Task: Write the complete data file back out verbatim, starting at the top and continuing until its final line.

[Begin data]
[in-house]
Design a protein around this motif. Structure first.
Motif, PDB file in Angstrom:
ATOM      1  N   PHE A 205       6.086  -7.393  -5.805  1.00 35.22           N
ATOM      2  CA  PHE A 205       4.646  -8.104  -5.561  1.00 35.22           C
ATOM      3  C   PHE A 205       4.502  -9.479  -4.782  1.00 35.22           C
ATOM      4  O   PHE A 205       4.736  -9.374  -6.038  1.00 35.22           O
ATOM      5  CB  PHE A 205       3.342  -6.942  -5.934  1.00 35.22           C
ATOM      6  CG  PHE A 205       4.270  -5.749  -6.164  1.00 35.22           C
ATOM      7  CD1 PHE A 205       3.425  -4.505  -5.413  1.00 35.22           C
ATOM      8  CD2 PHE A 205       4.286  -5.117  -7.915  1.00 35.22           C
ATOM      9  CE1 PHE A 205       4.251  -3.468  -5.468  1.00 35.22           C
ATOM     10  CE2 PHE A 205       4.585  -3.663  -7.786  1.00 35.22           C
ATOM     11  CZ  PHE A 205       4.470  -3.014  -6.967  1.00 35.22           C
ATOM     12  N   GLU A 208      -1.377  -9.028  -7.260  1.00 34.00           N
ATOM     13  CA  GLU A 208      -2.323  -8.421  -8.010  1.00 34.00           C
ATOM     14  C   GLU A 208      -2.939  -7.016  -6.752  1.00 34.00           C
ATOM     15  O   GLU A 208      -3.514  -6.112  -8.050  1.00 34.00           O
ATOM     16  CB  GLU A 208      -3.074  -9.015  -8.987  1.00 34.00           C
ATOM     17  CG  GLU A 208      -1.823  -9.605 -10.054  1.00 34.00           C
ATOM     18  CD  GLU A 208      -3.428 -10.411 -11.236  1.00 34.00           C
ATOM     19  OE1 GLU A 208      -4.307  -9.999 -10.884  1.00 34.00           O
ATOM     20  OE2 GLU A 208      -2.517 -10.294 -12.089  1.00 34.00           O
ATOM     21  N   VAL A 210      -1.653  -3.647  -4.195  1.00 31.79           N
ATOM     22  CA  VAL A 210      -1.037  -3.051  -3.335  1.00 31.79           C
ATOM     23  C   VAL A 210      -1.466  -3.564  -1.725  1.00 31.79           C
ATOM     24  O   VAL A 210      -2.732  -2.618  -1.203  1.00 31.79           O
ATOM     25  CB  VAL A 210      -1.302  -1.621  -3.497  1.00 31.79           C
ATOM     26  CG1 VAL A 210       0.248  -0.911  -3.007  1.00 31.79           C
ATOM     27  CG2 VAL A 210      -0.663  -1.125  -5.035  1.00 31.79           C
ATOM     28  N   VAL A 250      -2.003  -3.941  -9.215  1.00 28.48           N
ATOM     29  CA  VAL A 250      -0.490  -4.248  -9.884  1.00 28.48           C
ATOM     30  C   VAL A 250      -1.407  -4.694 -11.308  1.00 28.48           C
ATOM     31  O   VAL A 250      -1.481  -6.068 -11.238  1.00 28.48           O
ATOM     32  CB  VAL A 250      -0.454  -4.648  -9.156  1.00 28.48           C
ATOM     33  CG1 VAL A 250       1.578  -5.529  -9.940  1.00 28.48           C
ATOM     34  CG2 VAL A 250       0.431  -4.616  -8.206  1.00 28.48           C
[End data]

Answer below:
[in-house]
Design a protein around this motif. Structure first.
Motif, PDB file in Angstrom:
ATOM      1  N   PHE A 205       6.086  -7.393  -5.805  1.00 35.22           N
ATOM      2  CA  PHE A 205       4.646  -8.104  -5.561  1.00 35.22           C
ATOM      3  C   PHE A 205       4.502  -9.479  -4.782  1.00 35.22           C
ATOM      4  O   PHE A 205       4.736  -9.374  -6.038  1.00 35.22           O
ATOM      5  CB  PHE A 205       3.342  -6.942  -5.934  1.00 35.22           C
ATOM      6  CG  PHE A 205       4.270  -5.749  -6.164  1.00 35.22           C
ATOM      7  CD1 PHE A 205       3.425  -4.505  -5.413  1.00 35.22           C
ATOM      8  CD2 PHE A 205       4.286  -5.117  -7.915  1.00 35.22           C
ATOM      9  CE1 PHE A 205       4.251  -3.468  -5.468  1.00 35.22           C
ATOM     10  CE2 PHE A 205       4.585  -3.663  -7.786  1.00 35.22           C
ATOM     11  CZ  PHE A 205       4.470  -3.014  -6.967  1.00 35.22           C
ATOM     12  N   GLU A 208      -1.377  -9.028  -7.260  1.00 34.00           N
ATOM     13  CA  GLU A 208      -2.323  -8.421  -8.010  1.00 34.00           C
ATOM     14  C   GLU A 208      -2.939  -7.016  -6.752  1.00 34.00           C
ATOM     15  O   GLU A 208      -3.514  -6.112  -8.050  1.00 34.00           O
ATOM     16  CB  GLU A 208      -3.074  -9.015  -8.987  1.00 34.00           C
ATOM     17  CG  GLU A 208      -1.823  -9.605 -10.054  1.00 34.00           C
ATOM     18  CD  GLU A 208      -3.428 -10.411 -11.236  1.00 34.00           C
ATOM     19  OE1 GLU A 208      -4.307  -9.999 -10.884  1.00 34.00           O
ATOM     20  OE2 GLU A 208      -2.517 -10.294 -12.089  1.00 34.00           O
ATOM     21  N   VAL A 210      -1.653  -3.647  -4.195  1.00 31.79           N
ATOM     22  CA  VAL A 210      -1.037  -3.051  -3.335  1.00 31.79           C
ATOM     23  C   VAL A 210      -1.466  -3.564  -1.725  1.00 31.79           C
ATOM     24  O   VAL A 210      -2.732  -2.618  -1.203  1.00 31.79           O
ATOM     25  CB  VAL A 210      -1.302  -1.621  -3.497  1.00 31.79           C
ATOM     26  CG1 VAL A 210       0.248  -0.911  -3.007  1.00 31.79           C
ATOM     27  CG2 VAL A 210      -0.663  -1.125  -5.035  1.00 31.79           C
ATOM     28  N   VAL A 250      -2.003  -3.941  -9.215  1.00 28.48           N
ATOM     29  CA  VAL A 250      -0.490  -4.248  -9.884  1.00 28.48           C
ATOM     30  C   VAL A 250      -1.407  -4.694 -11.308  1.00 28.48           C
ATOM     31  O   VAL A 250      -1.481  -6.068 -11.238  1.00 28.48           O
ATOM     32  CB  VAL A 250      -0.454  -4.648  -9.156  1.00 28.48           C
ATOM     33  CG1 VAL A 250       1.578  -5.529  -9.940  1.00 28.48           C
ATOM     34  CG2 VAL A 250       0.431  -4.616  -8.206  1.00 28.48           C